|Title||LMXB.s in the Galactic Halo: The Nature of UW CrB|
|Author||Dr Pasi Hakala|
|Description||We propose to observe UW CrB (MS1603+26), a 111 min period high galactic latitude interacting binary. This high inclination system provides us with a unique astrophysical laboratory to study the structure and evolution of the precessing warped discs, important in many areas of astrophysics. With its short orbital period and rapid variability in the accretion disc structure (as demonstrated by the rapidly changing optical light curve shapes), UW CrB is probably the best test case for the theories of accretion disc eccentricity, warping and precession. Furthermore, as a probable halo object, the system will also serve as a valuable comparison case for the LMXB evolutionary scenarios.|
|Publication||No observations found associated with the current proposal|
|Instrument||EMOS1, EMOS2, EPN, OM, RGS1, RGS2|
|Mission Description||The European Space Agency's (ESA) X-ray Multi-Mirror Mission (XMM-Newton) was launched by an Ariane 504 on December 10th 1999. XMM-Newton is ESA's second cornerstone of the Horizon 2000 Science Programme. It carries 3 high throughput X-ray telescopes with an unprecedented effective area, and an optical monitor, the first flown on a X-ray observatory. The large collecting area and ability to make long uninterrupted exposures provide highly sensitive observations.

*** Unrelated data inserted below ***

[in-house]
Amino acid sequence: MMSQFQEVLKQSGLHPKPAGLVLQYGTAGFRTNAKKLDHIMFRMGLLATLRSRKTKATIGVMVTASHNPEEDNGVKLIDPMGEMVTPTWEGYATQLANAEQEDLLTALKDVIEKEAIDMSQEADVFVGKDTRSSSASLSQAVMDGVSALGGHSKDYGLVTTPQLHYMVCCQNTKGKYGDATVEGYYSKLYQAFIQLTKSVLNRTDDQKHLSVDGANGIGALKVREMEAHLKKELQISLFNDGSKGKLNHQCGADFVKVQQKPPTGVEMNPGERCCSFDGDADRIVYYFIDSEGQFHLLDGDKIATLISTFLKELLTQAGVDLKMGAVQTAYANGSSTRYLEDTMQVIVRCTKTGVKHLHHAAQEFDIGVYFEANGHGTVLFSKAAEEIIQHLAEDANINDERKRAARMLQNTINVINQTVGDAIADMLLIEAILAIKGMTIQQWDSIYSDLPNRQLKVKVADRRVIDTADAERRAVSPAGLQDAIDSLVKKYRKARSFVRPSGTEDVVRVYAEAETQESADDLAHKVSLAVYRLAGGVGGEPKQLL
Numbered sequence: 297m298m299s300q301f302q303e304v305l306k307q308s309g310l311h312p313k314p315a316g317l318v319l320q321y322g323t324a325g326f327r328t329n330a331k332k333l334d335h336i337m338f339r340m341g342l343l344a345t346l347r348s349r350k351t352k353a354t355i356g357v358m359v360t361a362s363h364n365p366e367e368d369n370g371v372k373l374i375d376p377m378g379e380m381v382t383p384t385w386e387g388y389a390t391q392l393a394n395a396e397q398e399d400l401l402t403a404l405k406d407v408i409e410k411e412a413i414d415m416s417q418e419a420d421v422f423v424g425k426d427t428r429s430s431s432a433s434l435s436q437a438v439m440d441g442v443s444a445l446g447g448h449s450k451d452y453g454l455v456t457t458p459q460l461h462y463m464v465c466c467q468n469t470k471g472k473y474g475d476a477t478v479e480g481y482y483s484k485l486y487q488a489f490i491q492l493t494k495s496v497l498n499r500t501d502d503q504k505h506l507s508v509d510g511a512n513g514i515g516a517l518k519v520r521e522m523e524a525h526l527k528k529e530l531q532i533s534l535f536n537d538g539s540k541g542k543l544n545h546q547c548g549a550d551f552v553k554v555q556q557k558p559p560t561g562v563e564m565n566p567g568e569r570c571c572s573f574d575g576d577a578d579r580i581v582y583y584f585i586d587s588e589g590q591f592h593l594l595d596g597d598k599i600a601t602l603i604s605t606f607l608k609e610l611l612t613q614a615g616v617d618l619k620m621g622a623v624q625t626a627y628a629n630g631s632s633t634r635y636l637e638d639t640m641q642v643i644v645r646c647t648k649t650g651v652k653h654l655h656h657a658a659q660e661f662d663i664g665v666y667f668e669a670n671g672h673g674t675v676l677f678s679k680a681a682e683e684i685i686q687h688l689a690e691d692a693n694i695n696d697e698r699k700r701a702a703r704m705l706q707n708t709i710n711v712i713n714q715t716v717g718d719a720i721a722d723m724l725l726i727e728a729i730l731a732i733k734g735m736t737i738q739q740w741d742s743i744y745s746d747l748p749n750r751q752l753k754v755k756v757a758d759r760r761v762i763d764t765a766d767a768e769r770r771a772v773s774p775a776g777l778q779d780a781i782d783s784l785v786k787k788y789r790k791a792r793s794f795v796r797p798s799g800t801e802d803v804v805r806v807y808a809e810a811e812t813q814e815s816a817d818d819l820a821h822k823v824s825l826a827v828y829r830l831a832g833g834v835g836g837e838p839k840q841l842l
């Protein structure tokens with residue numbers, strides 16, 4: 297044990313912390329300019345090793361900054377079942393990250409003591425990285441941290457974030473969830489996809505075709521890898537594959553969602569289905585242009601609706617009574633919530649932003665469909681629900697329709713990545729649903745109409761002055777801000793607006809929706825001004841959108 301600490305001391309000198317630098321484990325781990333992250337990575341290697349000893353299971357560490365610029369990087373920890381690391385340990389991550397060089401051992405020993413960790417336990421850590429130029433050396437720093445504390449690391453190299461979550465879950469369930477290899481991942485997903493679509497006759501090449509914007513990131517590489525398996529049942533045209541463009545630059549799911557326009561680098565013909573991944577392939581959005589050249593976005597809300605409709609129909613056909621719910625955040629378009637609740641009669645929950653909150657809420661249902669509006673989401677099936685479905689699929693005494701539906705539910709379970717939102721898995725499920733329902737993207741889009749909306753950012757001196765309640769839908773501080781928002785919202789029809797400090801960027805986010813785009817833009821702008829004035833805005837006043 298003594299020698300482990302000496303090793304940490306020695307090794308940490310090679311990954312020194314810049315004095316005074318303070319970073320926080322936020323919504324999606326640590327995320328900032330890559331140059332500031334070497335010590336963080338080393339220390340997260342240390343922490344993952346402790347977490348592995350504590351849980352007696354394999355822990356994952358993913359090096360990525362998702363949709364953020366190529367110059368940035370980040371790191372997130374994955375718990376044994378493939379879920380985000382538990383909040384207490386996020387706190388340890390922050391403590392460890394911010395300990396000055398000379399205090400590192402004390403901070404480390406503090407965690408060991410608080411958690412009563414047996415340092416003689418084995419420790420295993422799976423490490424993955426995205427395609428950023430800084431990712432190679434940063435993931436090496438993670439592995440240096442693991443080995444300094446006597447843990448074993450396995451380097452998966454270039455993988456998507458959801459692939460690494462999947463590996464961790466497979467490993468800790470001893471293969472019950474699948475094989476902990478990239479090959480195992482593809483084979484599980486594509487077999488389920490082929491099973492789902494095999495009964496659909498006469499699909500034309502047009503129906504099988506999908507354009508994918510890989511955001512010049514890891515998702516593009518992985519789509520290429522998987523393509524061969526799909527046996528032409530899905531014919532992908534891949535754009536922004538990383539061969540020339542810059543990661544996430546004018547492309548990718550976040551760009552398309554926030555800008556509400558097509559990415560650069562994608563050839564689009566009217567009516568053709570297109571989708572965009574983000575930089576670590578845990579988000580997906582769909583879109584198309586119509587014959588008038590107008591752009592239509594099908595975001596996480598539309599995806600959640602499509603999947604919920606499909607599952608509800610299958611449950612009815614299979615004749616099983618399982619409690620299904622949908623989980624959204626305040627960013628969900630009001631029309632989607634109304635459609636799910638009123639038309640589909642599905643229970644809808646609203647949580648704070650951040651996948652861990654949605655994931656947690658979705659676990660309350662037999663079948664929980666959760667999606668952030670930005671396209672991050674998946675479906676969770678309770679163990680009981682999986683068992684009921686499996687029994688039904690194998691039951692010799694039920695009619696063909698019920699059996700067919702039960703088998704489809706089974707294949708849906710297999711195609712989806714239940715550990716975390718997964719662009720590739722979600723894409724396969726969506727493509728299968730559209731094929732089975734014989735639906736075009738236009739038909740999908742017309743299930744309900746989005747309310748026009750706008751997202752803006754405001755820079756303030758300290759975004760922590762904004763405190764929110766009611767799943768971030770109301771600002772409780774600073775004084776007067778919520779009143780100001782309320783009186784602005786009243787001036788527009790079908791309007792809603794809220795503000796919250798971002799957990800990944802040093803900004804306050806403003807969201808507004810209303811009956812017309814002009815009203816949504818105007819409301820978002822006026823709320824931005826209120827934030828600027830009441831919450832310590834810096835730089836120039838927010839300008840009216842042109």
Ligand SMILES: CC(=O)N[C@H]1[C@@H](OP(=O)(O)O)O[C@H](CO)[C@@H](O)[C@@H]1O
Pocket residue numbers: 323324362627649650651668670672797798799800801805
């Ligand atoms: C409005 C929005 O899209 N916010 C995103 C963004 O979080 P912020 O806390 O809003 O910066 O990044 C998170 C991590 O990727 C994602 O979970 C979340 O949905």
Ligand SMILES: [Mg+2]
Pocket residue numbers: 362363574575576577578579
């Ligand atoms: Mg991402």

Since Earth's atmosphere blocks out all X-rays, only a telescope in space can detect and study celestial X-ray sources. The XMM-Newton mission is helping scientists to solve a number of cosmic mysteries, ranging from the enigmatic black holes to the origins of the Universe itself. Observing time on XMM-Newton is being made available to the scientific community, applying for observational periods on a competitive basis.
|Publisher And Registrant||European Space Agency|
|Credit Guidelines||European Space Agency, 2004-02-21T00:00:00Z, 014650, 17.56_20190403_1200. https://doi.org/10.5270/esa-3j2e1wn|